For previous installments of this Annapurna Circuit trekking guide, see Part One, Part Two, Part Three, and Part Four.
Day 9: Letdar to High Camp
For places to stay on the night before trekking over the Thorung La Pass, there are two options: Thorung Pedi and High Camp. Unlike other villages along the route, High Camp has only one accommodation. In fact, High Camp consists almost entirely of this one accommodation, but it seems quite large and can accommodate trekkers by the dozens during high season. We opted to stay in High Camp because "Pass day" is a long, draining day as it is, and we liked the thought of being able to begin it already a leg up on Thorung Pedi. That is, if we could make it from our origin in Letdar to Thorung Pedi at all...
The trail from Letdar to Thorung Pedi is a manageable climb on a path that hugs the steep sides of a river valley. Here we were warned of the danger of rock slides by posted signs, which we almost missed due to the view grabbing much of our attention.
Good thing we took a moment to watch our surroundings. As we decended down the steep hillside to a bridge crossing, we encountered our scariest moment of the trek:
It is hard to see from this photo, but the trail narrowed and at one point had been basically washed away by a runoff stream that had frozen since into a patch of ice creating a Double Dare-esque obstacle course for the novice trekker. What you can't see is the rushing river below, also known as your final resting place if you are unfortunate enough to slip on said ice patch and tumble into its hypothermia-inducing waters.
Relieved, we made it to the other side, trembling knees and all. Below you can see the switchback trail with washed out icy section as seen from the safety of the opposite riverbank. You cannot see the rushing river. It appears now exclusively in my nightmares.
After conquering the river crossing, we finished the walk to Thorung Pedi, taking a bit less than two hours to complete the stretch as we surrendered to the views along the way.
The distance from Thorung Pedi to High Camp is really not very far as the bird flies. Alas, we are not birds and would have to take on the steep, switchback trail grunting on our feet. Forty-five minutes later, we topped the steep climb and arrived at High Camp. We were very glad to have that demanding portion of the trail behind us rather than having to endure it in the cold cover of darkness the next morning as the start of our trek over the Pass.
As I mentioned, there really is not much to do at High Camp, but fortunately it is surrounded by great views.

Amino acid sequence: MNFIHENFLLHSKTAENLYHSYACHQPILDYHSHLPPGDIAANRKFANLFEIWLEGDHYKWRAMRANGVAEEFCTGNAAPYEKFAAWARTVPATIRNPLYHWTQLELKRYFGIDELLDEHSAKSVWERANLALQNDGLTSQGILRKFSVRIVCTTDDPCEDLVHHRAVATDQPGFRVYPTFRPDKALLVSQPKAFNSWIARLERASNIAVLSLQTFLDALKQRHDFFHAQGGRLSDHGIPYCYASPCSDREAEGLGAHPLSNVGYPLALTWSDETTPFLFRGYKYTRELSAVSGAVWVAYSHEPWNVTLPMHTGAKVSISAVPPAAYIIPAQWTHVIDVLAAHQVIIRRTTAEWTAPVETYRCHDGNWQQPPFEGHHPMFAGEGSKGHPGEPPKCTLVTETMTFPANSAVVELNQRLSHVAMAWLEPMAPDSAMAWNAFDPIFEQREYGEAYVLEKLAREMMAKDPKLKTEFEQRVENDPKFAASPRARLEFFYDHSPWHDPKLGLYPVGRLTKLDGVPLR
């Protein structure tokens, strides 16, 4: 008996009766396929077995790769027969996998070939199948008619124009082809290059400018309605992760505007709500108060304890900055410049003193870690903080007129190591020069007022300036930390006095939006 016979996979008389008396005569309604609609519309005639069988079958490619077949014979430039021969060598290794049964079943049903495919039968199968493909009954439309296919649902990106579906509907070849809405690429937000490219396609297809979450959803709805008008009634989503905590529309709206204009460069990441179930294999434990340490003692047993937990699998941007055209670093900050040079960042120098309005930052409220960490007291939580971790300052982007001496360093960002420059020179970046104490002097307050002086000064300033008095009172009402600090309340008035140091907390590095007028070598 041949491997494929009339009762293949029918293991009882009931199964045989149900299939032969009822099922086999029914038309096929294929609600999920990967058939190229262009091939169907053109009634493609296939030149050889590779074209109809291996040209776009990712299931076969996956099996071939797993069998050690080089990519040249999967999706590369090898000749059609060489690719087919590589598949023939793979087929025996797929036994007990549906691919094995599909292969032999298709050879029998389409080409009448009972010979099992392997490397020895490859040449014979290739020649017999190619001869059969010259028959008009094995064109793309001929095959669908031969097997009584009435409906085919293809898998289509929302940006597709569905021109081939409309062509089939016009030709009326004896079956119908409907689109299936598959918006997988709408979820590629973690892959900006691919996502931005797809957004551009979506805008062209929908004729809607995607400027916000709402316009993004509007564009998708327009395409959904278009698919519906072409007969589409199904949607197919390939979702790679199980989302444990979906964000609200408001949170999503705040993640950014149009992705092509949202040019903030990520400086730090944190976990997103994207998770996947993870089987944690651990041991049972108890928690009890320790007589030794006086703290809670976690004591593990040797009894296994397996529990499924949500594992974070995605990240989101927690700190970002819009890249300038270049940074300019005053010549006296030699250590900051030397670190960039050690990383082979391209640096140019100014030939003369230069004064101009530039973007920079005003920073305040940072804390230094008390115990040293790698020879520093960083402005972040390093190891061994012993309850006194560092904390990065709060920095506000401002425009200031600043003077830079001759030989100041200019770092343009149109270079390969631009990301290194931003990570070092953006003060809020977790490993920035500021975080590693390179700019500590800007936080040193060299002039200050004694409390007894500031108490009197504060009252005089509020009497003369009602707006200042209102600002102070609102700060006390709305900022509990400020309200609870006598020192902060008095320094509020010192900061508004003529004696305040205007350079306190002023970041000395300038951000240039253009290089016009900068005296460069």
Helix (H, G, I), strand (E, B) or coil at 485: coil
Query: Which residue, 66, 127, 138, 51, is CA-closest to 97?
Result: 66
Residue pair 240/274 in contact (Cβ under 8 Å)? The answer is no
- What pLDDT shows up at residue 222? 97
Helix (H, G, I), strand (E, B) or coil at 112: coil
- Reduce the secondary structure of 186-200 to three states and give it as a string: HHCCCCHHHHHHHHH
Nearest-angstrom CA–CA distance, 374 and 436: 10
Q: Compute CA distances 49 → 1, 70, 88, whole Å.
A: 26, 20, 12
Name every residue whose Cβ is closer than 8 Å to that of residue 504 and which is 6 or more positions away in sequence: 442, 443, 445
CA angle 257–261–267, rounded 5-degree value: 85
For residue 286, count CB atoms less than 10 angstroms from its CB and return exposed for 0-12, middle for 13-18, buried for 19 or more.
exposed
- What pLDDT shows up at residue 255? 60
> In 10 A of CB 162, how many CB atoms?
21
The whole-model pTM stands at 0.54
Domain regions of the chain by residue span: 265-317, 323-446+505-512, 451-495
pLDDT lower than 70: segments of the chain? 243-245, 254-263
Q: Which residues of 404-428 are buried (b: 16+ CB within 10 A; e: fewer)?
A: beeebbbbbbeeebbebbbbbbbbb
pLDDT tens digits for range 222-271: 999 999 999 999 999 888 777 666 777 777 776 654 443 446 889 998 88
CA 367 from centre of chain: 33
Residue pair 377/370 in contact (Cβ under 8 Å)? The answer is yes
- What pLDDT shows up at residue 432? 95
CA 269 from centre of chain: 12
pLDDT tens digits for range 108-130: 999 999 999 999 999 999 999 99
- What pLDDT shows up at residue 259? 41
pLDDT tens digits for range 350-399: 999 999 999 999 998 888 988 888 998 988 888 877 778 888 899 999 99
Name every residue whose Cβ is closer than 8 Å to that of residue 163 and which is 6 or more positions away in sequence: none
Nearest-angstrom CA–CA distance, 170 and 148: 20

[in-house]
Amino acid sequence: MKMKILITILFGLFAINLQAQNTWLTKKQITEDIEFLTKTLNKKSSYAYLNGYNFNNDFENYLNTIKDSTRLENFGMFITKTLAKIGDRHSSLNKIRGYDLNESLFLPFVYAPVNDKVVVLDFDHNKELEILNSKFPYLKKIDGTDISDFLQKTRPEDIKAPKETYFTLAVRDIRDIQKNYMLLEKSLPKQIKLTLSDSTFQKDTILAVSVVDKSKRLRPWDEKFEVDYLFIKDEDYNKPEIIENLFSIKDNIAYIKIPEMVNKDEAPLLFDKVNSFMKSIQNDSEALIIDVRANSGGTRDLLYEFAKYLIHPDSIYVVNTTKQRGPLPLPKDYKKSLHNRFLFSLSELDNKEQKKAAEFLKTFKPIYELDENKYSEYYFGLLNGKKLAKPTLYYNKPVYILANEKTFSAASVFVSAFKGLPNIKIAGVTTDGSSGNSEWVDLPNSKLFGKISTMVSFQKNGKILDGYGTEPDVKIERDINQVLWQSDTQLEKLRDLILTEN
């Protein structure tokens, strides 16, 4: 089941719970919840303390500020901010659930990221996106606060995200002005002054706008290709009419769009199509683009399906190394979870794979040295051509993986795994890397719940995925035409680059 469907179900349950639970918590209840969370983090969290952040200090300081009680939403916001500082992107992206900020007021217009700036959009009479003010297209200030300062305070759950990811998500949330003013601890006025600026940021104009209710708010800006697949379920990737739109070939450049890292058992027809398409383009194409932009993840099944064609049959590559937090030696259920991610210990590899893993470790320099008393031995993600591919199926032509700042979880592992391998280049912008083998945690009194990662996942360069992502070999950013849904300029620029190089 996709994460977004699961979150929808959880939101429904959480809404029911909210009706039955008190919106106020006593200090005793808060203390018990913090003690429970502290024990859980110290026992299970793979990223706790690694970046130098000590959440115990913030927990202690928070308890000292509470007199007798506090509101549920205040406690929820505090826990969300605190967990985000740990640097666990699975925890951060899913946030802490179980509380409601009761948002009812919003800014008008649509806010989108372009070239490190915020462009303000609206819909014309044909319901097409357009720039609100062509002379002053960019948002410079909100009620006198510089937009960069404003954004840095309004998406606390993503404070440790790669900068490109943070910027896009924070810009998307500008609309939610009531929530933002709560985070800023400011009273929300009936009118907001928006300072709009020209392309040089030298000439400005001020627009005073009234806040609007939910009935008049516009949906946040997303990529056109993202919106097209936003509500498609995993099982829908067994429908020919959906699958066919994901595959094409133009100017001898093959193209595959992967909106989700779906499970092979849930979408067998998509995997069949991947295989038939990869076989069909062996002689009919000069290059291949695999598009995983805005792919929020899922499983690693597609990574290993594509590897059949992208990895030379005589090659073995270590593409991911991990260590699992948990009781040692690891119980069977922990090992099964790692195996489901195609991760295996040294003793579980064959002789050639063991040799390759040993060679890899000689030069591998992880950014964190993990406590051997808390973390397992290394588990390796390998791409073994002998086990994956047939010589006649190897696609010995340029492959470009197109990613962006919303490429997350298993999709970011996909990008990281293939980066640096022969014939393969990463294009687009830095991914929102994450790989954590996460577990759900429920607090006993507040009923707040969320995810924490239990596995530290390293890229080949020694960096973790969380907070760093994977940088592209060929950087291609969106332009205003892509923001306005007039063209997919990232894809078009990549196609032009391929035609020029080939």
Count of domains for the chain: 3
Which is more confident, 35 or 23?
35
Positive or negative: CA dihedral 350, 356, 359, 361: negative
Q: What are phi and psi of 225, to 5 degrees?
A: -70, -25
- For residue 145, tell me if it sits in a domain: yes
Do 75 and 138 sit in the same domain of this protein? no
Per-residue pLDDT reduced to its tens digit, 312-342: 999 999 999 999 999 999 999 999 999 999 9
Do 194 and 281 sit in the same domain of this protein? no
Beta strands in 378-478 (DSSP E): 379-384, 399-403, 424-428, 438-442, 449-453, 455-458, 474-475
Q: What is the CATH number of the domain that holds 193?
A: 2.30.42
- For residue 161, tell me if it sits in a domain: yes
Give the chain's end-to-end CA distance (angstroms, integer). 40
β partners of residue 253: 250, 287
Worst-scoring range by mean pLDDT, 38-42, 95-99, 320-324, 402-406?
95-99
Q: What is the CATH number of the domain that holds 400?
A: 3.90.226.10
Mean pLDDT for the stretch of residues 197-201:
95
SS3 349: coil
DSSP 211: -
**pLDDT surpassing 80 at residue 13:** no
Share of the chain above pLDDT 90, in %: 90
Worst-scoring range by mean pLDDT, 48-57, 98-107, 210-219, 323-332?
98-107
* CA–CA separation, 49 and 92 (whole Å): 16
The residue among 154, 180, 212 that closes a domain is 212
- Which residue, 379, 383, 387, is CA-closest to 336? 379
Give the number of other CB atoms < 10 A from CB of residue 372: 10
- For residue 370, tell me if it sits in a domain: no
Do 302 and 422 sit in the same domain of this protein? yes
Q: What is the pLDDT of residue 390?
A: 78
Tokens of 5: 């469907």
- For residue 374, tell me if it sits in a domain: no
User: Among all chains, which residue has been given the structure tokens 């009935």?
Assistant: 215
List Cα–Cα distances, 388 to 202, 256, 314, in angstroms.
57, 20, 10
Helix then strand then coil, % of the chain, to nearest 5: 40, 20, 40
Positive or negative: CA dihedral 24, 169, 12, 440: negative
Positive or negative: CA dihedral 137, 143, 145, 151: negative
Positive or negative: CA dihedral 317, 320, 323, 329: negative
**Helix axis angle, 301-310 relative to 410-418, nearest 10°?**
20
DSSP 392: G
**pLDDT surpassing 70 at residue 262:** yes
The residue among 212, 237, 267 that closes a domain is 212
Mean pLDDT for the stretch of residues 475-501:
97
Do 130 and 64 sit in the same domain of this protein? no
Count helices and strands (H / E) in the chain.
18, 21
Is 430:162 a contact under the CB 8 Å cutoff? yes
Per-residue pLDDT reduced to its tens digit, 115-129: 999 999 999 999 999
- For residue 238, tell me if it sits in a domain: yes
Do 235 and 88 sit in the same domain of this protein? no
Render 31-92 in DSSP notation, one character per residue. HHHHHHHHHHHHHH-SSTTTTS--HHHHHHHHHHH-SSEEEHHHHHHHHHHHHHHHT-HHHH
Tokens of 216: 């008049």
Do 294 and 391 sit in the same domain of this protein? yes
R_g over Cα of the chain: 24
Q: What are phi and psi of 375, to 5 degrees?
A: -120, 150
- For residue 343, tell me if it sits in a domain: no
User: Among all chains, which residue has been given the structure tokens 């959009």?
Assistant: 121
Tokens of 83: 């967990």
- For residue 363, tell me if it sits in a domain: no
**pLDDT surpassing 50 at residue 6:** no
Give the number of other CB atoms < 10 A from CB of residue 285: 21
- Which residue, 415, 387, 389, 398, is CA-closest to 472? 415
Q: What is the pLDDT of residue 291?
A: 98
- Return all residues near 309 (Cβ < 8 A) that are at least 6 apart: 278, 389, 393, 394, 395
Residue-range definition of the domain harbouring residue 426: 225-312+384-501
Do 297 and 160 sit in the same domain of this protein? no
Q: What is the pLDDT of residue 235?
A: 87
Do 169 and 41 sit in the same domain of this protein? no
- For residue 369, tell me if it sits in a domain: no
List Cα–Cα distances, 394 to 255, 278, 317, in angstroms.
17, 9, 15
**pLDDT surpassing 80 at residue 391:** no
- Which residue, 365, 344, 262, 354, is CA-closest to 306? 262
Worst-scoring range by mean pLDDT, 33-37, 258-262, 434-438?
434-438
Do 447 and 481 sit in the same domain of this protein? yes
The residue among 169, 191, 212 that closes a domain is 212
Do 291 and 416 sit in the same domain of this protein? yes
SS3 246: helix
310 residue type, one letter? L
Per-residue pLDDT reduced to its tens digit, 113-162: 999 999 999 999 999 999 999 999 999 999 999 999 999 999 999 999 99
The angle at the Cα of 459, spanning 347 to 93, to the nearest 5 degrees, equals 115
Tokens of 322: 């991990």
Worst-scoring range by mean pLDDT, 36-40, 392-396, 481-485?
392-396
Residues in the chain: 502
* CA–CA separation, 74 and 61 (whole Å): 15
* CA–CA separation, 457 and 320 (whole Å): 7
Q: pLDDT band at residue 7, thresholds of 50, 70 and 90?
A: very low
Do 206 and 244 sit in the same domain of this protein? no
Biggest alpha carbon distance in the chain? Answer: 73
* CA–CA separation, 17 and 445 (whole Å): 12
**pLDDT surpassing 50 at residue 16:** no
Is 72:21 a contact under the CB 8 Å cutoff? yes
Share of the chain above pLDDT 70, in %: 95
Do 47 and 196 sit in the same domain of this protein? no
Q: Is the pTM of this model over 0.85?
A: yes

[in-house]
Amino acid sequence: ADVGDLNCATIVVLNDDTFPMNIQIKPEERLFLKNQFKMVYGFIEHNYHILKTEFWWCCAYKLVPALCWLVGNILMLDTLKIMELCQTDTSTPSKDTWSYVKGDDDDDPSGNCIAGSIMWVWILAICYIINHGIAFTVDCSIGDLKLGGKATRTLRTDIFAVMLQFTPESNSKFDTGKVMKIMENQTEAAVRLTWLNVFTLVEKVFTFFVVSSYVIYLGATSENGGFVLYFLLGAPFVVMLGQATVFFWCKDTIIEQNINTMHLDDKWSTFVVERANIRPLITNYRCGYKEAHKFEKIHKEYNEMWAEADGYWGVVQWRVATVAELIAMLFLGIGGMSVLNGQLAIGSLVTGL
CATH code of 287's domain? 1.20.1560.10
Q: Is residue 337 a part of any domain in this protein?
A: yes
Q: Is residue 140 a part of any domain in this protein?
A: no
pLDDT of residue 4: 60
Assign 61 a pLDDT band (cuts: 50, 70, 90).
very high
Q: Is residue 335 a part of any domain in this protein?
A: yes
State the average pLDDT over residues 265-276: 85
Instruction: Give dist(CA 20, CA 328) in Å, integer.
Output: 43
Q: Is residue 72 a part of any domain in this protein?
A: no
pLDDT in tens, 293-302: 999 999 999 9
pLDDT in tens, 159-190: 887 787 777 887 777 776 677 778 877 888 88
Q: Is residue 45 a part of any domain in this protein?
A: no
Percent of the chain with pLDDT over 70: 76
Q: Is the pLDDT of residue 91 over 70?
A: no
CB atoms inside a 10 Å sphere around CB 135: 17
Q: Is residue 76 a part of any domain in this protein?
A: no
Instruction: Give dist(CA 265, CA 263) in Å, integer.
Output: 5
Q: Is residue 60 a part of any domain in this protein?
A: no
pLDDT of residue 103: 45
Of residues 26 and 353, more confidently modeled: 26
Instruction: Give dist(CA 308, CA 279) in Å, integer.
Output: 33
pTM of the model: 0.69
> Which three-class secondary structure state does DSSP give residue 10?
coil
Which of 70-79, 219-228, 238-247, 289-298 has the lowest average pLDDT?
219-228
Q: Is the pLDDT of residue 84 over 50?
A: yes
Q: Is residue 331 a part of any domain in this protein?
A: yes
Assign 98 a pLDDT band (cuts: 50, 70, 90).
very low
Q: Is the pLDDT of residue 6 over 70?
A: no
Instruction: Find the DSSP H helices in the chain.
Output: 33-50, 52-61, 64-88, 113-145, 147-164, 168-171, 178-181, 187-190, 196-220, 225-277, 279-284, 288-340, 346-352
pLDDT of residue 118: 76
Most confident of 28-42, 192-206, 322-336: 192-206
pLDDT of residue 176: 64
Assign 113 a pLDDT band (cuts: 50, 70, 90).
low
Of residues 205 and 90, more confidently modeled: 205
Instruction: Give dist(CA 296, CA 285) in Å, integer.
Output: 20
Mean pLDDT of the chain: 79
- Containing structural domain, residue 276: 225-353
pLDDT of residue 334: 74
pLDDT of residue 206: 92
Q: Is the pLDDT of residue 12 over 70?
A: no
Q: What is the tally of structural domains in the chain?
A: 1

It was during the afternoon spent at High Camp that we felt our only effects of the altitude during the trek. We both felt quite sluggish, and my stomach felt just upset enough to really curb my appetite. Neither of us felt side effects extreme enough to descend, and after some rest and popping Diamox (aka acetazolamide) we had brought for just such an occasion, we were feeling much better.
Day 10: High Camp to Kagbeni
A note here on our destination for the day: For various reasons (explained in tomorrow's post) we decided to go much beyond the traditional stopping point on "Pass day." Most trekkers end their day in Muktinath.
Trekkers depart early on the day they cross the Pass to beat winds that begin really whipping at the lofty Thorung La around 8 AM. We left High Camp at 5 AM under the cover of dark and, disconcertingly, cover of cloud that had settled on High Camp the night before, rendering our surroundings a thick, gauzy, grey serving of pea soup fog. The teahouse proprietor assured us that the cloud cover was normal and would lift in about an hour. We are so glad that he was right.
As we waited for the sun to rise, we began the ascent toward the Pass. With the fog and frost (not much snow cover at this point in May), the landscape felt eerie and surreal.
In perfect harmony, the sun rose as the clouds lifted.
This day's final ascent is steep, and I really started to feel the altitude and corresponding decrease in oxygen in the air as they impacted my effort. The landscape was hushed but for my heavy breathing and the slow plodding of my feet moving one step at a time. The effort was by no means excruciating, but I consider this the most physically demanding couple of hours of the trek. The scenery, however, was well worth the effort and, in my opinion, was the best of the trip.
Finally, after carrying the giddy anticipation of not just hours but days, we reached the Pass at 17,769 feet (5,416 meters).
Ain't no mountain high enough.